For every tonne of chemical effluents that factories dump into China’s rivers and lakes, a comparable amount of harmful waste finds its way into this country’s water bodies from green fields and farmhouses.
A first of its kind pollution survey has found that farms have contributed as much to a growing pollution crisis in China as its famously unclean factories and industries.
The study, released by the Ministry of Environment and Forests this week, indicated that widespread agricultural pollution caused by the overuse of fertilizers has led to a level of pollution far higher than what has been previously stated in official reports.
But the survey also found that pollution levels in China will peak earlier than expected, said officials.
China’s “national pollution census” is the first official attempt to map and assess the scale of the pollution problem, which has progressively worsened along with the unprecedented economic growth unleashed by economic reforms three decades ago.
The census, which took two years to complete and involved more than 5,70,000 people, studied 6 million sources of industrial, residential and agricultural waste from all over China.
Its findings have challenged conventional wisdom on the causes of the pollution problem, and have also underscored the difficulties the government faces in addressing it, said officials and environmental analysts.
The study, which used data collected in 2007, found levels of pollution were far higher than what has been stated in earlier government reports. For instance, the discharge of chemical oxygen demand (COD), which reflects water pollution, was estimated at 30.3 million tonnes. This was more than double the level stated in a 2007 government report, which measured COD at 13.8 million tonnes.
Part of the reason for the discrepancy was that the impact of agricultural pollution had not been accounted for in earlier estimates, said Zhang Lijun, Vice-Minister for Environmental Protection.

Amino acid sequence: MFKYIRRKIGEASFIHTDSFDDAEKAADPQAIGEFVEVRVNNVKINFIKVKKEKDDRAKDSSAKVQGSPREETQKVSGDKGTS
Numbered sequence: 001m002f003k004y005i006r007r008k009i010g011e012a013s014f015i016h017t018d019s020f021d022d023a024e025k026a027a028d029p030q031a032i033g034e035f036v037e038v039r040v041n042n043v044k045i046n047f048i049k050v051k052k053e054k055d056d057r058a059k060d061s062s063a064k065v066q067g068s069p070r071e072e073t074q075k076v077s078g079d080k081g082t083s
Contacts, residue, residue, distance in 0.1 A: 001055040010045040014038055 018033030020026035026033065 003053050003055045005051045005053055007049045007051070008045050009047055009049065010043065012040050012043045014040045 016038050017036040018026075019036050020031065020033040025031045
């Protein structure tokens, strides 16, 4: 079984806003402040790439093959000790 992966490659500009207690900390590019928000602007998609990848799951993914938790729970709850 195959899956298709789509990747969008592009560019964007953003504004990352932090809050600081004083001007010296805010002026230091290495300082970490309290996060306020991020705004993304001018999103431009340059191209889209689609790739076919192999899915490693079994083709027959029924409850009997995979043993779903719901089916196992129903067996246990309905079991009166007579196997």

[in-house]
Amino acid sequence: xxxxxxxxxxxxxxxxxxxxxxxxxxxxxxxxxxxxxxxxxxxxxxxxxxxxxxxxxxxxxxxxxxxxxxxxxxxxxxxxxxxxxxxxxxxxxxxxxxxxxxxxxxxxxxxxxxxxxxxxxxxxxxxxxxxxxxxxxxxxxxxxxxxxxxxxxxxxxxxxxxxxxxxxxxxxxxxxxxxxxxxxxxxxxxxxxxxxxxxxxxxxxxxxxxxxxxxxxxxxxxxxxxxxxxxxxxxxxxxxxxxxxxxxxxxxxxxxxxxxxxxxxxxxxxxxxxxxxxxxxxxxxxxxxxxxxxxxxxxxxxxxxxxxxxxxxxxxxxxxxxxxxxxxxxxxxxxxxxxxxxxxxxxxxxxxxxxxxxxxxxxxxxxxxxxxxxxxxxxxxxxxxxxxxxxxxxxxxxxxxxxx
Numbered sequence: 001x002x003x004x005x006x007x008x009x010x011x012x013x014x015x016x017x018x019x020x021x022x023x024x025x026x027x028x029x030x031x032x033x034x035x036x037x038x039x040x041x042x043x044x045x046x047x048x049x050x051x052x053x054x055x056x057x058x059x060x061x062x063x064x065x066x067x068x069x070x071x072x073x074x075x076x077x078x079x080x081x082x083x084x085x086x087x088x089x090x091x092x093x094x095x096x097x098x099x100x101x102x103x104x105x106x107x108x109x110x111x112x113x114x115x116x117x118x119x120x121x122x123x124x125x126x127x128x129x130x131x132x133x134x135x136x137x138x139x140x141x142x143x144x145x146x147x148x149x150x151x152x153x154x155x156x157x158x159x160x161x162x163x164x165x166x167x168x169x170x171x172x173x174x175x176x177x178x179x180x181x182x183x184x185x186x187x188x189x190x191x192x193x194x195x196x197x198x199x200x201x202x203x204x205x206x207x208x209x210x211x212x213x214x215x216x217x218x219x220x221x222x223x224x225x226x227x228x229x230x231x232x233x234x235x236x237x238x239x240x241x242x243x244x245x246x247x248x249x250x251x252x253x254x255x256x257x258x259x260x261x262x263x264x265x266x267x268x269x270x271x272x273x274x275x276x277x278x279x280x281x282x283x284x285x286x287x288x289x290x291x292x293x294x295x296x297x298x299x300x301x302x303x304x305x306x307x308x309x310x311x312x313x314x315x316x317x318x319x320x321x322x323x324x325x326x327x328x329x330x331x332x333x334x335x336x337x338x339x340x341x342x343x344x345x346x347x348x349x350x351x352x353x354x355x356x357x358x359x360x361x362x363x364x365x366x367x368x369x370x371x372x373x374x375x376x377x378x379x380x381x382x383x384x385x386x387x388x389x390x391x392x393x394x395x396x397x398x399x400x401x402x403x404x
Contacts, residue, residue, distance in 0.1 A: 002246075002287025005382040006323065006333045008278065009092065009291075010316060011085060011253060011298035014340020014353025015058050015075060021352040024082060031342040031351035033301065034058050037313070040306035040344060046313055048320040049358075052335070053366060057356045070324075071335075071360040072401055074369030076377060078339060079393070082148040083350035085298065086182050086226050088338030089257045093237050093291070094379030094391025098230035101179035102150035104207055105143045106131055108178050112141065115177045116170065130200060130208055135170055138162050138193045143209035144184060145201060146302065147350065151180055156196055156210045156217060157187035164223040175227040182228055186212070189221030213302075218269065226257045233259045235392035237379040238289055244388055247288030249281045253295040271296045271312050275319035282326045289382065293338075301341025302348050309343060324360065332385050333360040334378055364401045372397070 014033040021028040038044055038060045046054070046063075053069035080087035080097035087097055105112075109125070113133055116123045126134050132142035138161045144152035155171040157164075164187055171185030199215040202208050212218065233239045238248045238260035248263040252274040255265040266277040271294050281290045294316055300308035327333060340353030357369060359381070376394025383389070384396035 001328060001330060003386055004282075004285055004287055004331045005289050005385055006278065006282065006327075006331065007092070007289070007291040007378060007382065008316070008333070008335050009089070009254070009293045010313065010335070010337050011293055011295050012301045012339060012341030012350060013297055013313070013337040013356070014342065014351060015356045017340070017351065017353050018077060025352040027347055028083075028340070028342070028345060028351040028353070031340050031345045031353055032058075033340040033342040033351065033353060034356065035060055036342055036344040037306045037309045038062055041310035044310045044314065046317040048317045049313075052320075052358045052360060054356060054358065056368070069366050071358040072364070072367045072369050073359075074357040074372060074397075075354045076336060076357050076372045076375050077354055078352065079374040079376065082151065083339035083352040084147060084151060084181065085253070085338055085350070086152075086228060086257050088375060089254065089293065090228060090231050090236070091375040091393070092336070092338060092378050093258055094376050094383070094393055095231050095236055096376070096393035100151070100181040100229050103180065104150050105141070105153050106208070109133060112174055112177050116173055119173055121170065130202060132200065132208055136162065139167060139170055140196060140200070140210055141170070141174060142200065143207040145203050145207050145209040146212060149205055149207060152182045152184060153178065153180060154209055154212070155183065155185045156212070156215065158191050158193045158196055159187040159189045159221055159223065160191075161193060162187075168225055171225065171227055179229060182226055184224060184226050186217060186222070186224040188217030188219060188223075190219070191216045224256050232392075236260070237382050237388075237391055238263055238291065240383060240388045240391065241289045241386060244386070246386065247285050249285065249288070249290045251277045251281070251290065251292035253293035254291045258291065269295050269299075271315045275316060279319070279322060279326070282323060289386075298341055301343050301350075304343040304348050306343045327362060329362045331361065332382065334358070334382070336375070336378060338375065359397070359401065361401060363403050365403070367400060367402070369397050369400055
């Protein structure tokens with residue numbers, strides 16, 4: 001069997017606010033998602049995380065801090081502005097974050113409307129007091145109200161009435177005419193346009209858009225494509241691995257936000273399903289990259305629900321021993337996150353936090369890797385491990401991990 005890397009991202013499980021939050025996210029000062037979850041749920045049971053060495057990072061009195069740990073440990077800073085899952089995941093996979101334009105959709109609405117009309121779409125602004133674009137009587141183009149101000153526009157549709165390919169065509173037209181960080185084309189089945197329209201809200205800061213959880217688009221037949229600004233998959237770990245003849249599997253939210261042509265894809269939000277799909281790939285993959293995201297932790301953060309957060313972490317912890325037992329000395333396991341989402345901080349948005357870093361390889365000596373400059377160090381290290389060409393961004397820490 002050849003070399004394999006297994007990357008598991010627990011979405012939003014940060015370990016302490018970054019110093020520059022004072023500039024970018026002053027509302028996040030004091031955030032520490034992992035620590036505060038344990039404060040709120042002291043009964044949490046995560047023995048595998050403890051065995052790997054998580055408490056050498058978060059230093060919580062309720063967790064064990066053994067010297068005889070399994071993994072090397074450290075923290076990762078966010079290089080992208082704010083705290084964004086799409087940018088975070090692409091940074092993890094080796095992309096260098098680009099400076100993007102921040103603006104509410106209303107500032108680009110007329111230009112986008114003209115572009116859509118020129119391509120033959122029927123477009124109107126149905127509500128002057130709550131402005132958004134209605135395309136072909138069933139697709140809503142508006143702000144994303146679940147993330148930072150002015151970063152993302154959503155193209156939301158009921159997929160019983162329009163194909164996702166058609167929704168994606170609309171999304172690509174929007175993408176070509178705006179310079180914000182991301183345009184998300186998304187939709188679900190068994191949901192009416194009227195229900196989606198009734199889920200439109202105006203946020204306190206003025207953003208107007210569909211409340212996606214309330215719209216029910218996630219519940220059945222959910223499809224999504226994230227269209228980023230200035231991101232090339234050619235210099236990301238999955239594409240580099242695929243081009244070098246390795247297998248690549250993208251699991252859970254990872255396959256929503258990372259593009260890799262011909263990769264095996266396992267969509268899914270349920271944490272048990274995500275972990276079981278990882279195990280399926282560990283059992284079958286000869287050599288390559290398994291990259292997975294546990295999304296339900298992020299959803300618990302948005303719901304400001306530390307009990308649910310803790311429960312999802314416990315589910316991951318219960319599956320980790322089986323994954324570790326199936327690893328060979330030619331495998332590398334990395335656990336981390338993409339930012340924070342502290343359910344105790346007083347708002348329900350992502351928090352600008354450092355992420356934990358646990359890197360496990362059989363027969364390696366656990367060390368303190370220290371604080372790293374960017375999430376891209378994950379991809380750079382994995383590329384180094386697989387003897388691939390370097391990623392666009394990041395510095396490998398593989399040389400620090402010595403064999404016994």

Agricultural sources were found to account for 43.7 per cent of all COD discharge. The pollution stems from widespread overuse of fertilizers, with farmers using 40 per cent more fertilizers than required, according to a recent Greenpeace report.
The use of fertilizers and pesticides has enabled China to increase grain production eight times in the past four decades. But the use of nitrogen fertilizers has increased by 55 times, and has begun to seriously impact water pollution, the Greenpeace study found.
Mr. Zhang said the prevention and control of pollution from agricultural sources had now become China’s “top priority for environmental protection to resolve the problem of water pollution in China at the root”.
Among the survey’s more positive findings was that China’s pollution levels are expected to peak earlier than expected, according to Wang Yuqing, director of the national office for the consensus.
He said pollution levels had started falling following the restrictions imposed under the Eleventh Five Year Plan (2006-10), and that the levels would peak when the per capita income reached $3,000.
China’s per capita income, according to official figures, was $2,770 in 2008.
Environmental groups welcomed the government’s efforts to map the pollution problem for the first time, but called for stricter pollution targets.
“But it’s only the first step,” said Sze Pang Cheung, a campaign director at Greenpeace. “The Chinese government should use the statistics as the benchmark to prioritise the country’s biggest pollution issues, review current measures and policies, and set up more stringent pollution control targets in the twelfth five-year plan.”